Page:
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Wednesday 30 November 2022

Reviews: Docker's Guild, Grimner, Steve Hill, Asa's Mezzanine (Reviews By Matt Bladen)

Docker’s Guild - The Mystic Technocracy - Season 2: The Age of Entropy (Elevate Records)

Douglas R Docker returns to his main storyline with this third album The Mystic Technocracy - Season 2: The Age of Entropy. Originally forming Docker’s Guild in 2012 with The Mystic Technocracy - Season 1: The Age of Ignorance, Docker began what will hopefully be a fully-fledged ‘space opera’ consisting of 5 "seasons" and 4 "books" for a total of 9 albums. Much like Ayreon or Avantasia, Docker has many performers on these records, the debut being compared to both of these other projects for its cinematic scale and concept driven approach (it also helps that they’re proggy as hell), that has been almost entirely crowdfunded.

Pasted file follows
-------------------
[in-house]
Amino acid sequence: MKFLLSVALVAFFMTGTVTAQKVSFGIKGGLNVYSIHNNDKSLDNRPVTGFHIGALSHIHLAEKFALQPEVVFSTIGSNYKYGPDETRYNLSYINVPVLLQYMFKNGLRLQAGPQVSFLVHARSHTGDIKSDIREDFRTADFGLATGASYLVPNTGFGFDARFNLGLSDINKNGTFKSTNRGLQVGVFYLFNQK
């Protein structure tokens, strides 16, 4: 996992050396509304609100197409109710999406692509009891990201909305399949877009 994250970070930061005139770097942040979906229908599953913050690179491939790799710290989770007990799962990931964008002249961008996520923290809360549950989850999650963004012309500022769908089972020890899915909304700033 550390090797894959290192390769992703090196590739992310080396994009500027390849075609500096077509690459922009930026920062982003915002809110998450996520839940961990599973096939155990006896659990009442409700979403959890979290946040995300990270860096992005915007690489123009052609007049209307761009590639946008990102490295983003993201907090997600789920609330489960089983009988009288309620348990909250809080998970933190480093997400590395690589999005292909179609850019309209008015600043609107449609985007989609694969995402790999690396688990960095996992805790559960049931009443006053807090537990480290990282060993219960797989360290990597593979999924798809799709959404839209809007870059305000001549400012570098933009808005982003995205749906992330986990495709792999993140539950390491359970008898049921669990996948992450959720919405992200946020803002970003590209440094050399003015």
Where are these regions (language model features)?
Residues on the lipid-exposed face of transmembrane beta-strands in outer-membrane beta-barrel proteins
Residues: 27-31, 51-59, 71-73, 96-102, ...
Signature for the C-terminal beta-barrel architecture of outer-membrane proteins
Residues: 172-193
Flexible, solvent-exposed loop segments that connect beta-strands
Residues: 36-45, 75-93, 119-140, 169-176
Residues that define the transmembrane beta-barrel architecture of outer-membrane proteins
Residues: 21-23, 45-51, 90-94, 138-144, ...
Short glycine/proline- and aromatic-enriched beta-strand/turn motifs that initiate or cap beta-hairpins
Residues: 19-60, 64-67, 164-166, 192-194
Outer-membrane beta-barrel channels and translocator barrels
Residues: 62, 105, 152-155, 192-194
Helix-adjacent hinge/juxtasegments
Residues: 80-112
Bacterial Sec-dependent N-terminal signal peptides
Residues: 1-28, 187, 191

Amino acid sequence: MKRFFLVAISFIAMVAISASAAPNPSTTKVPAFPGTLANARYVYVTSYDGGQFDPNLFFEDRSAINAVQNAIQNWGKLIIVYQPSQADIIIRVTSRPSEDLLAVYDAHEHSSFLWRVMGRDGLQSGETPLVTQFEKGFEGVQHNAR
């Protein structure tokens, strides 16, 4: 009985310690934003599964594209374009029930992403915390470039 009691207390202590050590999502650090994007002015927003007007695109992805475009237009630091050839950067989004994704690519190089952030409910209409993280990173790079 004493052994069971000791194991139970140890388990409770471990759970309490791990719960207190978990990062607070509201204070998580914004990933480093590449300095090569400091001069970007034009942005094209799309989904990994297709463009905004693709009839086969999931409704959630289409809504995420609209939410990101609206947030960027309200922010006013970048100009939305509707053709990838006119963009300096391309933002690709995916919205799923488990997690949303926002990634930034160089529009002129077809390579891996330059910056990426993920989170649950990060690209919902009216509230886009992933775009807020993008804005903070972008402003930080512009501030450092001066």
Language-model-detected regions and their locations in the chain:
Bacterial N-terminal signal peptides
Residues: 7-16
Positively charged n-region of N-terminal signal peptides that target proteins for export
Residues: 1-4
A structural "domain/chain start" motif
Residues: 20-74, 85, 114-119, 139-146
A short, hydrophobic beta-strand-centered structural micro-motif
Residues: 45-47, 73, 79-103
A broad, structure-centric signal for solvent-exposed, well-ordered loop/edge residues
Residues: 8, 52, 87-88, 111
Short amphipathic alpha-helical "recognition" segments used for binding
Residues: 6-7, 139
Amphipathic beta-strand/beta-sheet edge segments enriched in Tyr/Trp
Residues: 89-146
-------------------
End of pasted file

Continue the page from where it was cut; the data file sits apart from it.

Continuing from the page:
The second album The Heisenberg Diaries – Book A: Sounds of Future Past is the first part of 4 transitional albums placed between the 5 main “seasons” exploring the history of one of the main characters from “The Mystic Technocracy”, it was an all-female affair and continued sci-fi themes reworked by Docker to explain the characters love of vintage sci-fi and his marriage. With this expansive background we now head back to the main story with The Mystic Technocracy - Season 2: The Age of Entropy, the continuing storyline of a “silicon-based techno-organic alien race attempting to wipe out all life on Earth through organized religion, while a tormented scientist makes his life's mission to save humanity”.